Reviewed by Elizabeth Amisu, MA, PGCE, author of ‘The Dangerous Philosophies of Michael Jackson: His Music, His Persona, and His Artistic Afterlife’ and creator of the ‘Introduction to Michael Jackson Studies Online Course’.
Academic Book Review: Earth Song: Michael Jackson and the Art of Compassion
By Elizabeth amisu
Author, Joseph Vogel, is perhaps best known for his groundbreaking opus on Michael Jackson — Man in the Music: The Creative Life and Work of Michael Jackson, an expansive and holistic dynamic exploration of Jackson’s solo adult works — from Off the Wall to Invincible and beyond.
An academic who has essentially built the current landscape of Michael Jackson Studies, any new release from Vogel is worthy of close attention. In Earth Song: Inside Michael Jackson’s Magnum Opus, the first edition published by BlakeVision books in 2011, the second in 2012, fully revised and updated, the academic book review for the second edition (which I reviewed in 2014) is available via the following link: https://michaeljacksonstudies.org/earth-song-inside-michael-jacksons-magnum-opus-by-joseph-vogel-blake-vision-2011/.
This new, third edition is reviewed in detail below, predominantly for the purpose of elucidating why Earth Song: Michael Jackson and the Art of Compassion is a worthy addition to any bookshelf. Focusing as the prior edition did, on the emphasis Jackson places on his own compassionate response, published five years after the second edition and six years after the first, both books follow a similar narrative style.
One of the most salient features of the second edition (2012) was its generous use of footnotes to provide extraordinary background detail and extraneous elements, further fleshing out Jackson’s creative process as well as his contexts of production and reception.
One of the most noteworthy aspects of this book and any written by Vogel is his remarkable attention to necessary, important facts and insights. His analysis considers all aspects of the song, even the perspectives of Jackson’s detractors. This causes the reader to question the validity of the criticism both Jackson and his work received at the time of the song and short film’s original release in 1995.
Vogel was easily one of the very first academics to consider Jackson’s work as “art”. Nowhere else is the physical touch of the artist, sculpting, moulding, shaping and birthing a creative work into life more present than in this new edition.
Key differences, alterations in the new edition begin with the title, which now puts stronger emphasis on artistic vision and intention. The book consists of mini-chapters, highly focused and incredibly dense with key facts, offering a panoramic overview of the text.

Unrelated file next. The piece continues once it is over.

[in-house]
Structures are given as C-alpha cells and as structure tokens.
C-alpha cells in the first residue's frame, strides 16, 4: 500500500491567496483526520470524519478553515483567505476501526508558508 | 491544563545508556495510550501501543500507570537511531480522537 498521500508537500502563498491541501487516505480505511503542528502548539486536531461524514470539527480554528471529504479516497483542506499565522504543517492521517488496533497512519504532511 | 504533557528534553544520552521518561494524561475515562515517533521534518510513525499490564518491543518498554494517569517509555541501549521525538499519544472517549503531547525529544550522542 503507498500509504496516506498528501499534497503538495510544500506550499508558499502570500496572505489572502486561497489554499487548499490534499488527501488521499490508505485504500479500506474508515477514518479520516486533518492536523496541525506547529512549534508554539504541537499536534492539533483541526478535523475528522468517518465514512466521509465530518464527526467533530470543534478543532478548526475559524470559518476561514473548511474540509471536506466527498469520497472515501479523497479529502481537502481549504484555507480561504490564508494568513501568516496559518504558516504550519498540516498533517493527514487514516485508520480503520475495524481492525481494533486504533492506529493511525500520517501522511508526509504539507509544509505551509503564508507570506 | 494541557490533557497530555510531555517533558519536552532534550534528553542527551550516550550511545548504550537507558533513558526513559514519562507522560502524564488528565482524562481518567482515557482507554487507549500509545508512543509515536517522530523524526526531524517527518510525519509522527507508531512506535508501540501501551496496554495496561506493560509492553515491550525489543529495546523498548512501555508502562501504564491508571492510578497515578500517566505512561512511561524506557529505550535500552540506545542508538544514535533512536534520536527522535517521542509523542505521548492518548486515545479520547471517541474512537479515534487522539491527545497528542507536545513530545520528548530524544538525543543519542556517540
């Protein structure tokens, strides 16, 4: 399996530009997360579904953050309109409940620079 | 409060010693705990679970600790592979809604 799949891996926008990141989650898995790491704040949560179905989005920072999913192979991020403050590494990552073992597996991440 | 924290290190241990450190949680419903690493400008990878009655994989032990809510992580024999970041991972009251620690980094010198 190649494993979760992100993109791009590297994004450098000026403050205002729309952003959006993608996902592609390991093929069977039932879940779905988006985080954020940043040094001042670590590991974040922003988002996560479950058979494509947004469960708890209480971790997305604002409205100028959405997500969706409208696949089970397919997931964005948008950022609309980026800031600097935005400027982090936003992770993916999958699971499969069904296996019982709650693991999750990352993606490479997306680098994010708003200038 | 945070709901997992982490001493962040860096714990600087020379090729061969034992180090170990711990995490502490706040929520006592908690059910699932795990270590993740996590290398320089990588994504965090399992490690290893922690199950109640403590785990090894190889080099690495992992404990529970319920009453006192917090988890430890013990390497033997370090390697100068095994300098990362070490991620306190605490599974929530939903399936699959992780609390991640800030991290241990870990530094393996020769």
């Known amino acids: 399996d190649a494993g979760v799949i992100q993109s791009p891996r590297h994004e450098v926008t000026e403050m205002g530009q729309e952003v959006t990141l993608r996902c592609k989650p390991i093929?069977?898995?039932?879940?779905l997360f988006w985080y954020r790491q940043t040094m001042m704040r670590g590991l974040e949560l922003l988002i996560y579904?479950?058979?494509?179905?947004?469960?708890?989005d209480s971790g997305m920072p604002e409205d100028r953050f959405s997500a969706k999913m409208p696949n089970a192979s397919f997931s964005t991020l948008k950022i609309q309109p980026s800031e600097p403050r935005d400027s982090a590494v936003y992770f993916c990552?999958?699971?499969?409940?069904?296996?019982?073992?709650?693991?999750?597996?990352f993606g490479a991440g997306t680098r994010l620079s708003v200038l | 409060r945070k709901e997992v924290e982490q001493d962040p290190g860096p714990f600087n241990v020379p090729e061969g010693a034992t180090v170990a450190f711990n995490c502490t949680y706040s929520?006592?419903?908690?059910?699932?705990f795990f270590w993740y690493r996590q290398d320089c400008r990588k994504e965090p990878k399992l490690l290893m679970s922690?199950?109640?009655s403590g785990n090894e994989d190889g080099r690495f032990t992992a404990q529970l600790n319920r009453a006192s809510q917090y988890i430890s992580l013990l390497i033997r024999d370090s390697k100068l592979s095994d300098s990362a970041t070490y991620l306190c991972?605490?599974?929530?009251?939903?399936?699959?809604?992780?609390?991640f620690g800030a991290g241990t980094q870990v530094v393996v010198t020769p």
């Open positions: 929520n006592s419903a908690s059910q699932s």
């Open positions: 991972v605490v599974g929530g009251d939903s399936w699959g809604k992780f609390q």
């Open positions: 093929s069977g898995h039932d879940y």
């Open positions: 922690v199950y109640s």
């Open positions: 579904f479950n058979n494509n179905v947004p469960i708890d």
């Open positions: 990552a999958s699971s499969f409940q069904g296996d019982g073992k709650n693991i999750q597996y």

From 26 segmented mini-chapters in the second edition, we are now given 30 segmented chapters in the revised edition. This includes an entire segment on ‘Man in the Mirror’, preceding the ‘We are the World’ segment. The segmented style, showcased throughout Man in the Music and Featuring Michael Jackson is highly useful for researchers, enabling them to dip in and out of key sections to arrive at the specific segments that offer the most to their personal point of focus.
Nestled in the early section of the book is another new section — ‘Endangered Earth’, which expands on the highly important debates about the climate change, which weighed heavy upon Jackson’s heart and mind in the late 1980s and remain an important topic of discussion for us today, more than twenty years later, as showcased by several films and documentaries.
Further new segments include ‘Sunrise’ and Jackson’s creative connection to the Beatles and ‘Heaven is Here’, reiterating Jackson’s deep personal and spiritual connections as evident in the track, ‘rooted in the fervent jeremiads and apocalyptic passion of the Bible’ (loc. 379). There is also some movement of key sections and segments into an order that greatly aids the book’s readability.
A trio of new segments greet readers entitled, ‘Outsiders’, ‘Storytelling’ and ‘Action’, which elucidate both the song and short film’s journey to a new level of detail that is not available anywhere else. Especially with regards to the highly specific and original research. Vogel brings together a wide range of contextual analysis and one-to-one interviews with key players in the song’s creation, including personal interviews with a wide range of people, including director, Nick Brandt.
Earth Song: Michael Jackson and the Art of Compassion is a vital introduction to Jackson’s creative process, critical reception and artistic afterlife. It easily offers enough new and additional material to warrant both repurchase and re-reading of owners of the book’s first and second editions. It is an indispensable resource for the researchers’ library, not only for the level of detail it contains but the model of analysis it illustrates.
Elizabeth Amisu, author of The Dangerous Philosophies of Michael Jackson: His Music, His Persona, and His Artistic Afterlife, holds an MA in Early Modern English Literature from King’s College London. She is co-founder and editor of The Journal of Michael Jackson Academic Studies online. For The Journal of Michael Jackson Academic Studies she has edited two publications, An Academic Companion to Michael Jackson Studies and Michael Jackson’s Dream Lives On: An Academic Conversation – Michael Jackson & Prince; written several articles and book reviews, most notably ”Throwing Stones To Hide Your Hands’: The Mortal Persona Of Michael Jackson‘, which has been translated into Spanish and Italian; ”The Isle is Full of Noises’: Revisiting the Peter Pan of Pop‘, available in German; ”Crack Music’: Michael Jackson’s Invincible‘, also in Italian; and ”Heard it Through the Grapevine’: Are We Losing Michael Jackson All Over Again?‘, also available in Spanish. Find out more at elizabethamisu.com.